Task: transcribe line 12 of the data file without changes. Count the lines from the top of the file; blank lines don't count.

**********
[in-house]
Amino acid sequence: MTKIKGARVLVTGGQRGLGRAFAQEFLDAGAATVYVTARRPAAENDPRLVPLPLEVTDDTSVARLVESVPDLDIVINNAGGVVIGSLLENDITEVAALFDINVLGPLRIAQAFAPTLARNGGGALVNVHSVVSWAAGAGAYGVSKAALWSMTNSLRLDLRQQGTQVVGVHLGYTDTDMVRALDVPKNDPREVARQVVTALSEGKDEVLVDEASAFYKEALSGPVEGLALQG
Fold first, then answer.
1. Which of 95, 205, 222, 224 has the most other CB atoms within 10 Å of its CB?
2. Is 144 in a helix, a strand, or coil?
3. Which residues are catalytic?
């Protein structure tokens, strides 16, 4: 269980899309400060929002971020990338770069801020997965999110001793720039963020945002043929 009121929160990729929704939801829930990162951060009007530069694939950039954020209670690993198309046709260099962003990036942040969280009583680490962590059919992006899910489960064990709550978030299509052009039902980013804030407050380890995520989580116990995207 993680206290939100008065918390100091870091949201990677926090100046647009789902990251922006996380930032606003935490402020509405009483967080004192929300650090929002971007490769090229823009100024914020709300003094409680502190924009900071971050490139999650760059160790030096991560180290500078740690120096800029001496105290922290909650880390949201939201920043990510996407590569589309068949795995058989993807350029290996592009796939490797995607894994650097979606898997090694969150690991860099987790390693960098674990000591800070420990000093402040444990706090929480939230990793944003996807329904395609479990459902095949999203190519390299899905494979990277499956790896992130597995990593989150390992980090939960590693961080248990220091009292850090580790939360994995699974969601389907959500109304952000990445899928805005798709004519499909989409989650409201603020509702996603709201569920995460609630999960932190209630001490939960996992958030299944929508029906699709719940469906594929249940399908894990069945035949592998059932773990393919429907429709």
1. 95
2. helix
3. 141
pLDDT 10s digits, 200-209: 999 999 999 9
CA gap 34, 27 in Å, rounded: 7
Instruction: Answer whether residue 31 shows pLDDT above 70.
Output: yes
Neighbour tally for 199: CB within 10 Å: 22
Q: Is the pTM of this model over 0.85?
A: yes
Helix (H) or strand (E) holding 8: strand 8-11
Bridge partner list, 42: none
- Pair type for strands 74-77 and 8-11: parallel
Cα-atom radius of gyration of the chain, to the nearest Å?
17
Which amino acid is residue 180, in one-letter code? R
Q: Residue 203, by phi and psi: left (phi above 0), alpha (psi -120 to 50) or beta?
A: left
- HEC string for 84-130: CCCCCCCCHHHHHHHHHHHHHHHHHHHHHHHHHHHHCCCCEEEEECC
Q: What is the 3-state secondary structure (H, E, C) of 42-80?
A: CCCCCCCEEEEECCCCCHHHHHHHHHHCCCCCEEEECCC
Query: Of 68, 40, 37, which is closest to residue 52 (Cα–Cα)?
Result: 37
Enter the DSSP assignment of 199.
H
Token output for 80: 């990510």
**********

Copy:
CA gap 34, 27 in Å, rounded: 7